Computer, automated teller, and office machine repairers is the only occupation in chart 5 that typically requires some college but no degree for entry; the other occupations in the chart typically require a postsecondary nondegree award. And all of them require on-the-job training for workers to become competent in their tasks. Telecommunications equipment installers and repairers had the highest wage of these occupations: $53,380. But each had a median annual wage that surpassed $37,690, the median wage for all occupations.
Chart 6 includes personal care and service, protective service, and media and communication occupations. Hairdressers, hairstylists, and cosmetologists is the occupation projected to have the most job openings each year, on average, of those in the chart.
All of the occupations in chart 6 typically require a postsecondary nondegree award for entry. A state-issued license is usually required to work in the occupations that focus on hair, skin, and nail care. Firefighters and audio and video equipment technicians typically need on-the-job training for competency; certifications may be helpful or required. These latter two occupations also had the highest median annual wages of those in the chart: $49,080 and $42,190, respectively.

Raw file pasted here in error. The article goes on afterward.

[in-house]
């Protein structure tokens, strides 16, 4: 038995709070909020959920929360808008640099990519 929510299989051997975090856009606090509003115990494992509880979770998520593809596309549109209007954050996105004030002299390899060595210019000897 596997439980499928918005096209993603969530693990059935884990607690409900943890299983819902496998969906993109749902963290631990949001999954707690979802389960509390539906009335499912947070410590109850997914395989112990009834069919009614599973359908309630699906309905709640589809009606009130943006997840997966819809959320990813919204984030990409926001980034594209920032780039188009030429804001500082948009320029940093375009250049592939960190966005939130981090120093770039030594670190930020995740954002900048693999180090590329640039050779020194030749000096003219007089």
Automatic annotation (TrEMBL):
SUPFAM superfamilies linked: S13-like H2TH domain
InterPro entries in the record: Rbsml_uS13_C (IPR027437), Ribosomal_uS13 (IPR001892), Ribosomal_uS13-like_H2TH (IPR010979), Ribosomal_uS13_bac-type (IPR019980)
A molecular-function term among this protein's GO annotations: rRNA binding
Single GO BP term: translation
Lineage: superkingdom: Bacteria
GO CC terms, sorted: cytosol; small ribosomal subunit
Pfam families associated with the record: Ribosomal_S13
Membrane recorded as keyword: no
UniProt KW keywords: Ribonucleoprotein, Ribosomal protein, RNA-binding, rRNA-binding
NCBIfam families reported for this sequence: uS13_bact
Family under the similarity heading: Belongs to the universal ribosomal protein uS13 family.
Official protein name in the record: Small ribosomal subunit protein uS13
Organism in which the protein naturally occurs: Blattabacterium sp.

For more information
To learn more about the occupations in this article, along with hundreds of others, see the Occupational Outlook Handbook (OOH). For example, the OOH “What they do” section describes some of the tasks common to workers in an occupation.
This article highlights selected occupations that typically require an associate’s degree, postsecondary nondegree award, or some college but not a degree. Projections for all occupations by typical entry-level education are available from the Employment Projections program.
Elka Torpey, "Employment outlook for occupations requiring an associate’s degree, certificate, or some college," Career Outlook, U.S. Bureau of Labor Statistics, November 2018.